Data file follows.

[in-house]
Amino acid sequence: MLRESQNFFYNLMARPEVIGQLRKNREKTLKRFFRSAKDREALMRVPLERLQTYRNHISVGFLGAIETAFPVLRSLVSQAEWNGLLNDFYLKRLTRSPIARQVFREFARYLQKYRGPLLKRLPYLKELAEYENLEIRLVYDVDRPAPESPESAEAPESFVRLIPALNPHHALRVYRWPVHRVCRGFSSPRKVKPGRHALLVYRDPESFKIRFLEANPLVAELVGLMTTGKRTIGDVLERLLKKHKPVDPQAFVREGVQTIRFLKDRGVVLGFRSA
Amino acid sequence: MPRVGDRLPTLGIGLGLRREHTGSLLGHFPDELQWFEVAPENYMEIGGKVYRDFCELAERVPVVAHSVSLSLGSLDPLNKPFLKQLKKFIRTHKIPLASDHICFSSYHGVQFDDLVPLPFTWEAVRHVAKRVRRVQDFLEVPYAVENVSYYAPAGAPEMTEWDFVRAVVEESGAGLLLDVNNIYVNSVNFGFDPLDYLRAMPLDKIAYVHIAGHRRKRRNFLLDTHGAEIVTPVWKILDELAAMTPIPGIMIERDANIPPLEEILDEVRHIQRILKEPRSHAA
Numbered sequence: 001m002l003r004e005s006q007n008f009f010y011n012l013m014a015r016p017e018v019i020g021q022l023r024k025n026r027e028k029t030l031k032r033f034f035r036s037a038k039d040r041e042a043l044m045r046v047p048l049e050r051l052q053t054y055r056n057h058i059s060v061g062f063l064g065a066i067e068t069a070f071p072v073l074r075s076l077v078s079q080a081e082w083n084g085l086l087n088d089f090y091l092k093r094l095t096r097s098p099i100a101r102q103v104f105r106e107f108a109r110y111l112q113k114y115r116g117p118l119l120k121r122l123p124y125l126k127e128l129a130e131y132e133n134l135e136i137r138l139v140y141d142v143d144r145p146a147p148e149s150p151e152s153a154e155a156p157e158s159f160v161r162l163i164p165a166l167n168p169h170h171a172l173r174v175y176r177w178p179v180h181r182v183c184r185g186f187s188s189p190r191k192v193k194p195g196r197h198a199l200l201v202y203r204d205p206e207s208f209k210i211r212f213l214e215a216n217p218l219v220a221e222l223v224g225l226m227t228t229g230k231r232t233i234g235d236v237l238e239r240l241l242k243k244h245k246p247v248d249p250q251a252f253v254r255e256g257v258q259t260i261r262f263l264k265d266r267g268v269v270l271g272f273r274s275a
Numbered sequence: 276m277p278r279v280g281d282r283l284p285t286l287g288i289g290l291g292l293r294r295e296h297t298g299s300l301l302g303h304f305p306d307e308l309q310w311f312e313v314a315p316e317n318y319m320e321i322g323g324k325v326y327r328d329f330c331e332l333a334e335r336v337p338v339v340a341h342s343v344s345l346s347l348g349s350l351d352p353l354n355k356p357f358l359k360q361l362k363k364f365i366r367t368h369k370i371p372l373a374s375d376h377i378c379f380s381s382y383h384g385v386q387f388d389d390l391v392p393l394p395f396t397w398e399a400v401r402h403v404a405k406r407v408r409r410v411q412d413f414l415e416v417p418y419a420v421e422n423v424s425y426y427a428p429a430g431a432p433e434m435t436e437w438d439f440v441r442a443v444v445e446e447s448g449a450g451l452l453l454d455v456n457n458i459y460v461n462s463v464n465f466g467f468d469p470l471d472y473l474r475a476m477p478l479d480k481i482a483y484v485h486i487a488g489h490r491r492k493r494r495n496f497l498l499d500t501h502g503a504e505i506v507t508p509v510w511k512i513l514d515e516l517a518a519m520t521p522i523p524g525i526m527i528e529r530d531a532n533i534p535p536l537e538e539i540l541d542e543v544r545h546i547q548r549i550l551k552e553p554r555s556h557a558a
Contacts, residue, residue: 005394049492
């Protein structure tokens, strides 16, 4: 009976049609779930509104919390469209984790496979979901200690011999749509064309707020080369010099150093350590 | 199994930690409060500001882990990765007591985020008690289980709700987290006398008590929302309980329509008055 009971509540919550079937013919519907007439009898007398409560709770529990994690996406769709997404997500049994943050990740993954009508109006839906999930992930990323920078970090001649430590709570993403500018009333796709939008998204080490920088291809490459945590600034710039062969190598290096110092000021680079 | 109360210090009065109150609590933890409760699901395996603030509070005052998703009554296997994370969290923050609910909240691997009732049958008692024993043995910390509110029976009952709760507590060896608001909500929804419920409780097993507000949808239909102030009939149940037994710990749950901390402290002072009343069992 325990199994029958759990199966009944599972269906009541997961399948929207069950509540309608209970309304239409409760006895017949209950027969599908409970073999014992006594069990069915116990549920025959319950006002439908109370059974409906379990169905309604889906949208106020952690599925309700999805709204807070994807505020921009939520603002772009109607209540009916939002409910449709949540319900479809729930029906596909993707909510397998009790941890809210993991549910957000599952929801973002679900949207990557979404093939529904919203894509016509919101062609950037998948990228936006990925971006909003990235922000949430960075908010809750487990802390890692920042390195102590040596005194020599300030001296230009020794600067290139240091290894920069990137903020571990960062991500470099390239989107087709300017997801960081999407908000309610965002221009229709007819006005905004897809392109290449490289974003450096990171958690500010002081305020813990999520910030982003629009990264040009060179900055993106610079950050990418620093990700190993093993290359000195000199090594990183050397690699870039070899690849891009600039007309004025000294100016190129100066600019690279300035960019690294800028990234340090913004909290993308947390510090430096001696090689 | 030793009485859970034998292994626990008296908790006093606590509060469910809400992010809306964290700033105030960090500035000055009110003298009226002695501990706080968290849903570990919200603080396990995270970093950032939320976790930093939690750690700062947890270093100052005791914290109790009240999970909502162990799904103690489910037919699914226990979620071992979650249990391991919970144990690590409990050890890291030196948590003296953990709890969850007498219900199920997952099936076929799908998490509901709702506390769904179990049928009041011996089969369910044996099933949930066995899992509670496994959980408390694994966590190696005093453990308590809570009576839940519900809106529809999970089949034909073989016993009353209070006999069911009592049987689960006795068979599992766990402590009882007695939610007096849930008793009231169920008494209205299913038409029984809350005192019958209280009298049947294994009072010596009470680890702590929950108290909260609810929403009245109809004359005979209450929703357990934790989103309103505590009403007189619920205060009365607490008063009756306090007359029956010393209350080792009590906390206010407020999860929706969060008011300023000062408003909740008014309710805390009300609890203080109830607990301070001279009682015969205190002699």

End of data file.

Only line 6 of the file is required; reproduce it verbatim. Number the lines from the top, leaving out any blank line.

Contacts, residue, residue: 005394049492